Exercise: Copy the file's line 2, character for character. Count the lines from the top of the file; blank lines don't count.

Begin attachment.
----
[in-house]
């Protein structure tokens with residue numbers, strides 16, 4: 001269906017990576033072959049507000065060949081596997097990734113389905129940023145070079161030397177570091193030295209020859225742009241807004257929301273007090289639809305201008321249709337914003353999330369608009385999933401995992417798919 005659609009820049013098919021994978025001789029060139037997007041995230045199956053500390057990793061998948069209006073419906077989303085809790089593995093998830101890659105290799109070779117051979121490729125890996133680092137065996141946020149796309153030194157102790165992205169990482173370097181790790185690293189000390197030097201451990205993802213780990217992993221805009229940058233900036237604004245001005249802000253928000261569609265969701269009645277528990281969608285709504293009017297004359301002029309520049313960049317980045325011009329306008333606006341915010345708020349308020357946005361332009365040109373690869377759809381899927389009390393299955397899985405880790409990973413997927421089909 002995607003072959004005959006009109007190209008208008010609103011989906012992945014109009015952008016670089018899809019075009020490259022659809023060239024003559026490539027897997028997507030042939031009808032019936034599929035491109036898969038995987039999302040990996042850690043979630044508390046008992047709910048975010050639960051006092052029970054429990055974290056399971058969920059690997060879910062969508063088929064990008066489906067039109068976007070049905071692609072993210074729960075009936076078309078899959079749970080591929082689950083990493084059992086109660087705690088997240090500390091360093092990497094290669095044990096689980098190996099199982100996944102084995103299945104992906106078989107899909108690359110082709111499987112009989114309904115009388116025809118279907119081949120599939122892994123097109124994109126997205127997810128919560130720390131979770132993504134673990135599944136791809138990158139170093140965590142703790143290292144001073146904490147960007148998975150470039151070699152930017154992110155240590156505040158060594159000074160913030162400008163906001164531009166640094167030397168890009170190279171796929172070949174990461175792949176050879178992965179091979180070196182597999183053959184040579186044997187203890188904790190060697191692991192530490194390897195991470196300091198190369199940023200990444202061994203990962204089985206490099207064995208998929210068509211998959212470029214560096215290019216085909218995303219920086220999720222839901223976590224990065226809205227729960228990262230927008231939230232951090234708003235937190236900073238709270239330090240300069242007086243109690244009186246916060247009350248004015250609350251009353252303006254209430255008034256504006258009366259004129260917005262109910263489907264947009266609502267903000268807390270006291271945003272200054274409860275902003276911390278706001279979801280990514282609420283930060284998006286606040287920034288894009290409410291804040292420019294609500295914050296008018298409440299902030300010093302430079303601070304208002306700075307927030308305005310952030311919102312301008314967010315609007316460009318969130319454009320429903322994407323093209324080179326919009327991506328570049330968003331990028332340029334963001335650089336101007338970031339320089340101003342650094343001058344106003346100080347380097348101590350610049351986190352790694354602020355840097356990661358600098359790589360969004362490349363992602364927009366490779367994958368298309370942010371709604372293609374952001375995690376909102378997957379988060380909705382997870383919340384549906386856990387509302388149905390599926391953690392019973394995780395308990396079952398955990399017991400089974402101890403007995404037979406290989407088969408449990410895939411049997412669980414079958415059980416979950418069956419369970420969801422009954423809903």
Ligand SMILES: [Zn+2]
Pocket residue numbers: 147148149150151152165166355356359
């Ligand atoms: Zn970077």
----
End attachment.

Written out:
């Protein structure tokens with residue numbers, strides 16, 4: 001269906017990576033072959049507000065060949081596997097990734113389905129940023145070079161030397177570091193030295209020859225742009241807004257929301273007090289639809305201008321249709337914003353999330369608009385999933401995992417798919 005659609009820049013098919021994978025001789029060139037997007041995230045199956053500390057990793061998948069209006073419906077989303085809790089593995093998830101890659105290799109070779117051979121490729125890996133680092137065996141946020149796309153030194157102790165992205169990482173370097181790790185690293189000390197030097201451990205993802213780990217992993221805009229940058233900036237604004245001005249802000253928000261569609265969701269009645277528990281969608285709504293009017297004359301002029309520049313960049317980045325011009329306008333606006341915010345708020349308020357946005361332009365040109373690869377759809381899927389009390393299955397899985405880790409990973413997927421089909 002995607003072959004005959006009109007190209008208008010609103011989906012992945014109009015952008016670089018899809019075009020490259022659809023060239024003559026490539027897997028997507030042939031009808032019936034599929035491109036898969038995987039999302040990996042850690043979630044508390046008992047709910048975010050639960051006092052029970054429990055974290056399971058969920059690997060879910062969508063088929064990008066489906067039109068976007070049905071692609072993210074729960075009936076078309078899959079749970080591929082689950083990493084059992086109660087705690088997240090500390091360093092990497094290669095044990096689980098190996099199982100996944102084995103299945104992906106078989107899909108690359110082709111499987112009989114309904115009388116025809118279907119081949120599939122892994123097109124994109126997205127997810128919560130720390131979770132993504134673990135599944136791809138990158139170093140965590142703790143290292144001073146904490147960007148998975150470039151070699152930017154992110155240590156505040158060594159000074160913030162400008163906001164531009166640094167030397168890009170190279171796929172070949174990461175792949176050879178992965179091979180070196182597999183053959184040579186044997187203890188904790190060697191692991192530490194390897195991470196300091198190369199940023200990444202061994203990962204089985206490099207064995208998929210068509211998959212470029214560096215290019216085909218995303219920086220999720222839901223976590224990065226809205227729960228990262230927008231939230232951090234708003235937190236900073238709270239330090240300069242007086243109690244009186246916060247009350248004015250609350251009353252303006254209430255008034256504006258009366259004129260917005262109910263489907264947009266609502267903000268807390270006291271945003272200054274409860275902003276911390278706001279979801280990514282609420283930060284998006286606040287920034288894009290409410291804040292420019294609500295914050296008018298409440299902030300010093302430079303601070304208002306700075307927030308305005310952030311919102312301008314967010315609007316460009318969130319454009320429903322994407323093209324080179326919009327991506328570049330968003331990028332340029334963001335650089336101007338970031339320089340101003342650094343001058344106003346100080347380097348101590350610049351986190352790694354602020355840097356990661358600098359790589360969004362490349363992602364927009366490779367994958368298309370942010371709604372293609374952001375995690376909102378997957379988060380909705382997870383919340384549906386856990387509302388149905390599926391953690392019973394995780395308990396079952398955990399017991400089974402101890403007995404037979406290989407088969408449990410895939411049997412669980414079958415059980416979950418069956419369970420969801422009954423809903």